{
            --Quantity;
            Console.WriteLine("Used " + Name);
        }
    }

    public interface IStackable
    {
        int Quantity { get; set; }
        int MaxQuantity { get; set; }
    }

    public interface IEquipable
    {
        void TakeOn(Character target);
        void TakeOff(Character target);
    }

    public class Armor : Item, IEquipable
    {
        public int Defense { get; set; }
        //This is not how I implemented it, but it's sufficient for testing purpose
        public void TakeOn(Character target)
        {
            Console.WriteLine("Wearing armor : " + Name);
        }
        public void TakeOff(Character target) { }
    }

    public class Weapon : Item, IEquipable
    {
        public int Attack { get; set; }
        //This is not how I implemented it, but it's sufficient for testing purpose
        public void TakeOn(Character target)
        {
            Console.WriteLine("Wearing weapon : " + Name);
        }
        public void TakeOff(Character target) { }
    }

    public class AbsentFromInventory : Item
    {

    }

    class Program
    {
        static Character player = new Character();

        static string ArmorDetail(Armor armor)
        {
            return (armor.Name + " : " + armor.Description + " -> Defense : " + armor.Defense);
        }

        static string WeaponDetail(Weapon weapon)
        {
            return (weapon.Name + " : " + weapon.Description + " -> Attack : " + weapon.Attack);
        }

        /// <summary>
        /// Displays some elements of the inventory depending of its type
        /// </summary>
        /// <typeparam name="T"></typeparam>
        /// <param name="type">This is only for friendly display purpose</param>
        static void SpecificInventoryItems<T>(string type) where T : class
        {
            string error = "";
            string input;
            List<T> items;
            bool back = false;

            do
            {
                do
                {
                    items = null;
                    items = new List<T>();
                    string options = type + " :\n";
                    int i = 1;
                    if (player.Inventory.Count > 0)
                    {
                        foreach (Item item in player.Inventory)
                        {
                            if (item is T)
                            {
                                string stack = "";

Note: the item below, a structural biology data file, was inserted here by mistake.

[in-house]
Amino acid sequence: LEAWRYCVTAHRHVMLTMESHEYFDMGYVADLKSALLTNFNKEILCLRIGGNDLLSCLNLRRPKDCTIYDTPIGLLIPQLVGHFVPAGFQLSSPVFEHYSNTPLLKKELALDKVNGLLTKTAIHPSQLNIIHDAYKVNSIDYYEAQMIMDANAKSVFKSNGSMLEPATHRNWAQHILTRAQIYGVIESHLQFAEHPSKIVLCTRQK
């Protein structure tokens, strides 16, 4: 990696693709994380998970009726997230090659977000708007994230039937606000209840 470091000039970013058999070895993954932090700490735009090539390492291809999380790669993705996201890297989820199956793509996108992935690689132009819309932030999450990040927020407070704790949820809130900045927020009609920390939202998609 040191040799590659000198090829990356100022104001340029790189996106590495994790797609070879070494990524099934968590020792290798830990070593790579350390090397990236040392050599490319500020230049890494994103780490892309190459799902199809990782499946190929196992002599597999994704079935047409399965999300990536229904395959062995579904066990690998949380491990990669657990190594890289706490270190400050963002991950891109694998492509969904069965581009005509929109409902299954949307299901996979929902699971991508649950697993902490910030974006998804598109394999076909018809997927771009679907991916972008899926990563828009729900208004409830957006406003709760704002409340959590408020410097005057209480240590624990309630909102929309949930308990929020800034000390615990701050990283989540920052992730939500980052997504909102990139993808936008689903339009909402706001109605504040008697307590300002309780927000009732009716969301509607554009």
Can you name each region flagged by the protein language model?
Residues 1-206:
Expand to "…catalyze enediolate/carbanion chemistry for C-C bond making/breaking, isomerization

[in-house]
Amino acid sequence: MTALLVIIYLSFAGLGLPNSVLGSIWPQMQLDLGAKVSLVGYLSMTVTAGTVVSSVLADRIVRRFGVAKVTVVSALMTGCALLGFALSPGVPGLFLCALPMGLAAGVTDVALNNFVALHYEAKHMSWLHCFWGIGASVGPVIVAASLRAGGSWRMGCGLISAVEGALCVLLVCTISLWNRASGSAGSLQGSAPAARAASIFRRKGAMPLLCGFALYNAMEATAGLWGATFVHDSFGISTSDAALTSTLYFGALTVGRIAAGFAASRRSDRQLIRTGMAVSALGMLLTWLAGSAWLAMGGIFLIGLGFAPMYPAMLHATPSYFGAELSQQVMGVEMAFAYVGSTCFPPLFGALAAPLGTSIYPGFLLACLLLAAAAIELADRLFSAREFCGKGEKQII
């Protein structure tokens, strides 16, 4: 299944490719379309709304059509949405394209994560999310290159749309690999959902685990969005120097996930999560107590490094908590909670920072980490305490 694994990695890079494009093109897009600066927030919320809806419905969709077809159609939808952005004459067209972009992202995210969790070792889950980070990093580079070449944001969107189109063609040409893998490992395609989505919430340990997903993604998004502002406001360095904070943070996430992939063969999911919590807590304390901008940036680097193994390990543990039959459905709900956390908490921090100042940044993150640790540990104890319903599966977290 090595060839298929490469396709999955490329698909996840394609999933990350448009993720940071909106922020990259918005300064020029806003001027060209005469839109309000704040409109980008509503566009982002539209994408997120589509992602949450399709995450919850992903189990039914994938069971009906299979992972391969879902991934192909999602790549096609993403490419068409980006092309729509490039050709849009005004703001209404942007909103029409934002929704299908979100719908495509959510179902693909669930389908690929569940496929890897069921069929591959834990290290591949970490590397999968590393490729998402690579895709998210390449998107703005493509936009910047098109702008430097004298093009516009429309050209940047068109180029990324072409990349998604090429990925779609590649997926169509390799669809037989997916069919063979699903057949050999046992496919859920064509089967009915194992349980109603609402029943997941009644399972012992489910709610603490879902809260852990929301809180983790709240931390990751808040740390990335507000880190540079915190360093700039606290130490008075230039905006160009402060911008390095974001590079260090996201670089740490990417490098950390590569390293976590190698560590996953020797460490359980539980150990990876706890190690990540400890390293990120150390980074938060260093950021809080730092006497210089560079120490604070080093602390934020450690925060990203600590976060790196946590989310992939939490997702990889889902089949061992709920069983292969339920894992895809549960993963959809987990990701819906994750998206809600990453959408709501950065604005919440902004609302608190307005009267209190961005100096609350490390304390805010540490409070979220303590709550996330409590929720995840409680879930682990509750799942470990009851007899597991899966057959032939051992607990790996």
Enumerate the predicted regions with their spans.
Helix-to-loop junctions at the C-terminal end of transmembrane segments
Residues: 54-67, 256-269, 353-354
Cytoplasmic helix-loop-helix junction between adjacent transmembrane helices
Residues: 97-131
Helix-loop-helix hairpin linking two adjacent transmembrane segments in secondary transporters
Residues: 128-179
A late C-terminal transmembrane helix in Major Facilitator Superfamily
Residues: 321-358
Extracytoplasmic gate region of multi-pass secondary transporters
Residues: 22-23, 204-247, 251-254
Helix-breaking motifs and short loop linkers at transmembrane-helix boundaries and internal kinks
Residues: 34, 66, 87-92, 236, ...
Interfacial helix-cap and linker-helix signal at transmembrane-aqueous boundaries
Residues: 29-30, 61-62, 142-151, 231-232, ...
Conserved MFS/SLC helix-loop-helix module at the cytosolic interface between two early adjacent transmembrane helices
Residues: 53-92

if (item is IStackable)
                                {
                                    var stackable = item as IStackable;
                                    stack = "(" + stackable.Quantity + "/" + stackable.MaxQuantity + ") ";
                                }
                                options += "[" + i++ + "] - " + item.Name + " " + stack + ": " + item.Description;
                                if (item is Armor)
                                    options += " " + ArmorDetail(item as Armor);
                                else if (item is Weapon)
                                    options += " " + WeaponDetail(item as Weapon);
                                options += "\n";
                                items.Add(item as T);
                            }
                        }

                        if (i > 1)
                        {
                            Console.WriteLine(options);
                            if (error != "")
                                Console.WriteLine(error);
                            Console.WriteLine("Please select an item or go [[B]ack]");
                        }
                        else
                            Console.WriteLine("No " + type.ToLower() + " found. Please go [[B]ack]");
                    }
                    else
                        Console.WriteLine("No item in inventory. Please go [[B]ack]");
                    input = Console.ReadLine();
                    error = "";

                } while (!Regex.IsMatch(input, "^(([0-9]+)|(b(ack)?))$", RegexOptions.IgnoreCase));

                if (int.TryParse(input, out int result))
                {
                    if (result > 0 && result <= items.Count)
                    {
                        var selected = items[--result];
                        switch (selected)
                        {
                            case IEquipable eq:
                                eq.TakeOn(player);
                                back = true;
                                break;

                            case IUsable us:
                                us.Use(player);
                                if (us is IStackable)
                                {
                                    var stackable = us as IStackable;
                                    if (stackable.Quantity <= 0)
                                        player.Inventory.Remove(stackable as Item);
                                }
                                else
                                    player.Inventory.Remove(us as Item);
                                back = true;
                                break;

                            default:
                                break;
                        }
                    }
                    else
                        error = "Invalid number.";
                }
                else
                    back = true;
            } while (!back);
        }

        static void Main(string[] args)
        {
            do
            {
                SpecificInventoryItems<Potion>("Potion");
                SpecificInventoryItems<Weapon>("Weapon");